PARIS -- Fresh off her Top 20 debut, China's Zheng Qinwen spoke like a veteran when she was asked to break down her 6-3, 6-1 win over Tamara Zidansek in the first round at Roland Garros. 

Long story short, the 20-year-old kept things solid and let her Zidansek, herself a semifinalist at Roland Garros just two years ago, implode. 

"The opponent was playing not so consistently," Zheng told reporters. "On some of the balls I have to be more aggressive, but today my tactic was to be more solid. After 2-2, she made [many] mistakes and I was more consistent than her. That's how I won the first set. Not doing too much.

"I didn't play 100% my best level. I was just doing like what I have to do today to win the match."

It was a cool and mature perspective for the rising Chinese star, who is now 6-0 in the first round of Slams in her career. Her first-round press conference included eight journalists from China, the largest national-language contingent she's seen in a press conference in her career. 

Last year at Roland Garros she posted her best result at a Slam, advancing to the Round of 16 and taking a set off eventual champion Iga Swiatek. By the end of the year she was voted WTA Newcomer of the Year.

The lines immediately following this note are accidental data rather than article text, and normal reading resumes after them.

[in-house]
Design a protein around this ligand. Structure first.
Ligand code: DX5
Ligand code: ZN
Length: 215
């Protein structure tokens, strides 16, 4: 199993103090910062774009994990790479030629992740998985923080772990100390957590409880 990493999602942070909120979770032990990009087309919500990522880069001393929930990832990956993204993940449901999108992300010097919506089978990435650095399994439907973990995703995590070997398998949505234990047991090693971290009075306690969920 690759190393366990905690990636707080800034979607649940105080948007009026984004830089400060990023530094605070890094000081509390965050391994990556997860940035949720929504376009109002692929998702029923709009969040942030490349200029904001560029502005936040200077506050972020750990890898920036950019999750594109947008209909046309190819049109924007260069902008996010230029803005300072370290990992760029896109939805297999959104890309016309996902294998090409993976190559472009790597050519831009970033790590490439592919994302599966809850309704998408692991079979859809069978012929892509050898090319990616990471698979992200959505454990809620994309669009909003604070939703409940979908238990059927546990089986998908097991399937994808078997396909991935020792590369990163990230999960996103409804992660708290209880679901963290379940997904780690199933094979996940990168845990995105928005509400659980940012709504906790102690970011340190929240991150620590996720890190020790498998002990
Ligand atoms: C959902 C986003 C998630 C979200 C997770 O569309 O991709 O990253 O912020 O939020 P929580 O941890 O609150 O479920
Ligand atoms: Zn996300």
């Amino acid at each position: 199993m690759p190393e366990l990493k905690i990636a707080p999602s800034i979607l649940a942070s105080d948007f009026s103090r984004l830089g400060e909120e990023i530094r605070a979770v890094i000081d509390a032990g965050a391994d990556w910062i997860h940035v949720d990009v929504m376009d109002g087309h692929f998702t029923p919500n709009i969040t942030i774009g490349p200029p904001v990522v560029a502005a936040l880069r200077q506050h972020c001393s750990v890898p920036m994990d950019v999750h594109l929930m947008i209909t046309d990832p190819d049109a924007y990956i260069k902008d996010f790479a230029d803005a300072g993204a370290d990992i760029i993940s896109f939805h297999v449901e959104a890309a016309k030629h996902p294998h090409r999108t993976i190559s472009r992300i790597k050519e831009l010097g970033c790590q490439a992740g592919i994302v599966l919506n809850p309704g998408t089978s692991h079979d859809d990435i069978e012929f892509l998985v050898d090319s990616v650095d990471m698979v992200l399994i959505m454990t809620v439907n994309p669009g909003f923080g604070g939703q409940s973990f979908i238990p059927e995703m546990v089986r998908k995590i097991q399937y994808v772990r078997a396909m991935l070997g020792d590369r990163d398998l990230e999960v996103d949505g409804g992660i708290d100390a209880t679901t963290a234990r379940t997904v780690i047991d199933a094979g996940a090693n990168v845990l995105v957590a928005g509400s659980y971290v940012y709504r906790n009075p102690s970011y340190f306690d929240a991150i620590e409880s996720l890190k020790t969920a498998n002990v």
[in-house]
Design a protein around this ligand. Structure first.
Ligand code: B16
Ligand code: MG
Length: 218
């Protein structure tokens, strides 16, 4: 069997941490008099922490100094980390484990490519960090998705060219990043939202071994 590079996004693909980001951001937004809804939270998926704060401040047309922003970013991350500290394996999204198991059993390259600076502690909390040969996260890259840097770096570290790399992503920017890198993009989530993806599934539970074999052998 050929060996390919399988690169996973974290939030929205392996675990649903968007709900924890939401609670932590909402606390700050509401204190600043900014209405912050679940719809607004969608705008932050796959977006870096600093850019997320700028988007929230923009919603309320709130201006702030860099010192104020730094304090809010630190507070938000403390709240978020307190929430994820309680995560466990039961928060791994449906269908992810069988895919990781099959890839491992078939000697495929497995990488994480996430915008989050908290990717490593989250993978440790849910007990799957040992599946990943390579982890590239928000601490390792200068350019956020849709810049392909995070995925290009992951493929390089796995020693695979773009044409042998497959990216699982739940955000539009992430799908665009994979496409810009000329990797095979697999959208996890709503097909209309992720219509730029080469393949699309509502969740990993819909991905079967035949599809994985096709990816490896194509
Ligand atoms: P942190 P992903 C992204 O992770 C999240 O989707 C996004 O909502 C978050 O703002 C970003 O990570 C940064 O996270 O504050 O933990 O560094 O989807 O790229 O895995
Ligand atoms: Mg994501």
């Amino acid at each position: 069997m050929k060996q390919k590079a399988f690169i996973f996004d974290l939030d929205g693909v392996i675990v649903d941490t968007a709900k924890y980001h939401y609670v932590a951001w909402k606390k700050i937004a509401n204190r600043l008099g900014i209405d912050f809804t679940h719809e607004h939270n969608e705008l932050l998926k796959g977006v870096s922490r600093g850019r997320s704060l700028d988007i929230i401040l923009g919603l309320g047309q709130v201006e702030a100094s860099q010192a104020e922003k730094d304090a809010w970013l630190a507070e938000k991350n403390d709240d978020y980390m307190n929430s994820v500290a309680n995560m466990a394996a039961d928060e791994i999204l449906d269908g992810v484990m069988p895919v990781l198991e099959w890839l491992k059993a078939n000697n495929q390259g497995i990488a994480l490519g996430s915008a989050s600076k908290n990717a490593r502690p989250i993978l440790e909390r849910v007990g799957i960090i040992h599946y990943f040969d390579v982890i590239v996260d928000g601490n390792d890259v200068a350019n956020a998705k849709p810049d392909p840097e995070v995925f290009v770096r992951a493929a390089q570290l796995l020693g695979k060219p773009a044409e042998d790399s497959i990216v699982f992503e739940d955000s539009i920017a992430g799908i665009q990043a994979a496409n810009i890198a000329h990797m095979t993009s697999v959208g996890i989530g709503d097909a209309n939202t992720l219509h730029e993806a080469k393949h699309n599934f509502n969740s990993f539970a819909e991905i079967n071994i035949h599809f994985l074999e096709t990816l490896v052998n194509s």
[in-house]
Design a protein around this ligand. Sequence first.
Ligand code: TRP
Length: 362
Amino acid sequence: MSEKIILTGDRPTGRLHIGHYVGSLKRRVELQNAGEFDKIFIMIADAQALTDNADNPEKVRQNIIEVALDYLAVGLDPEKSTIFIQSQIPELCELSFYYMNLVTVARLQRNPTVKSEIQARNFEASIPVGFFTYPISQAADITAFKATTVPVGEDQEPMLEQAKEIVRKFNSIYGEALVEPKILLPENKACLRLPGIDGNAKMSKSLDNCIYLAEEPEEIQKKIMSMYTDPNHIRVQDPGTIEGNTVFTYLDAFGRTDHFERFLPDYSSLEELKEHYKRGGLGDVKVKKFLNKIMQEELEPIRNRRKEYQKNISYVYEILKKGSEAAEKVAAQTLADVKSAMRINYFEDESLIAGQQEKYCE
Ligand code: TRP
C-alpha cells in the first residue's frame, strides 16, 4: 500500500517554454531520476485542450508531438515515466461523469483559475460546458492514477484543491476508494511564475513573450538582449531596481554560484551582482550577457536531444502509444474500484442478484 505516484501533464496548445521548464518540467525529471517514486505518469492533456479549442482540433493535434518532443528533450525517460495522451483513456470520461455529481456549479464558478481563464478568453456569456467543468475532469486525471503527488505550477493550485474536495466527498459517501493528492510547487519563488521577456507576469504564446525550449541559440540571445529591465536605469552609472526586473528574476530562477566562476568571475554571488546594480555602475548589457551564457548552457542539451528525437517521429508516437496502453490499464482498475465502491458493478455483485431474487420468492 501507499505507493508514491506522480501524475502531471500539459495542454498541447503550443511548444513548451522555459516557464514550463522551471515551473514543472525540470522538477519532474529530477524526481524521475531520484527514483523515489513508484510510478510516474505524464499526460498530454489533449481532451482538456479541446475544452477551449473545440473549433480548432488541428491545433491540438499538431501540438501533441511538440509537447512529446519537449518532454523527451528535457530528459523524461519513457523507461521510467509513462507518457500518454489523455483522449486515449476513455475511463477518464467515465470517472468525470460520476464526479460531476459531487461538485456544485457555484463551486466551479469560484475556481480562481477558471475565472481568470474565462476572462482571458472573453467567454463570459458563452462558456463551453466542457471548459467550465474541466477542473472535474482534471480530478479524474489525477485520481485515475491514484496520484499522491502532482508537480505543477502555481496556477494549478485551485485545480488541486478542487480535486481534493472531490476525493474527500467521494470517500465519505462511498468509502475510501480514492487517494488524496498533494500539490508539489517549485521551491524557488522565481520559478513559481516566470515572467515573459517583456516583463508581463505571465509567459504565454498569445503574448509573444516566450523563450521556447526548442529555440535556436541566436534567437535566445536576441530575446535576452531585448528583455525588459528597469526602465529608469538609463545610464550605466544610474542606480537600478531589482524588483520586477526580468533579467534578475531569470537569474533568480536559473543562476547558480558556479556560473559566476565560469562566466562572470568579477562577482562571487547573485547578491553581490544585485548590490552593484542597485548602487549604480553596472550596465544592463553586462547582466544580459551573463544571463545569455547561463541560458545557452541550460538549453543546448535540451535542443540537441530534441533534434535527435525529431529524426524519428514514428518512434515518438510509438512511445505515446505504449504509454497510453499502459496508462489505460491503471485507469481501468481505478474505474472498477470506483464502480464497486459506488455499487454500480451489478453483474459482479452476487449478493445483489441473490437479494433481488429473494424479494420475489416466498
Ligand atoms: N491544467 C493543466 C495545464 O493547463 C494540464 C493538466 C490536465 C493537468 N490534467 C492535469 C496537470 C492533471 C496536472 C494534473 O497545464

Could this be the tournament that sees Zheng book her first major quarterfinal? She could be a potential fourth-round opponent for No.2 seed Aryna Sabalenka. Zheng says confidence is never an issue. The only variables are body and mind.

"Talking about the confidence, I always believe that I can beat every opponent in front [of me], of course if my body is healthy and everything was in the right place," she said. "But right now I was just always focusing on the present, day by day and point by point, ball by ball."

Zheng's focus on the present is the result of, by her own estimation, a disappointing start to the 2023 season. An ill-advised decision to switch racquets played a part in her early results, but Zheng also believes she was letting her ambition get the better of her.

"I am not so happy with what I have been doing in this half year, because I thought I could have done a little bit better," Zheng said. "It's already more slow than what I imagined from the beginning of the year.

"So right now I'm trying to do good every single day, because I think what I'm doing before is I'm thinking too much far away.

"So right now I have to not think about the ranking, because the ranking is not important at all for me. I have to just focus every single day, and that's all."

Finding the right balance remains a work in progress for Zheng, who will face either Yulia Putintseva or Maryna Zanevska in the second round. There will be no sightseeing trips or days off during her fortnight in Paris. 

"I am not getting so relaxed during the tournament, because I know there are a lot of matches to go, and I have to be prepared mentally," Zheng said. "So I don't want to get too relaxed, because my personality is if I get relaxed, I think I get too much. So I have to control myself to be more focused."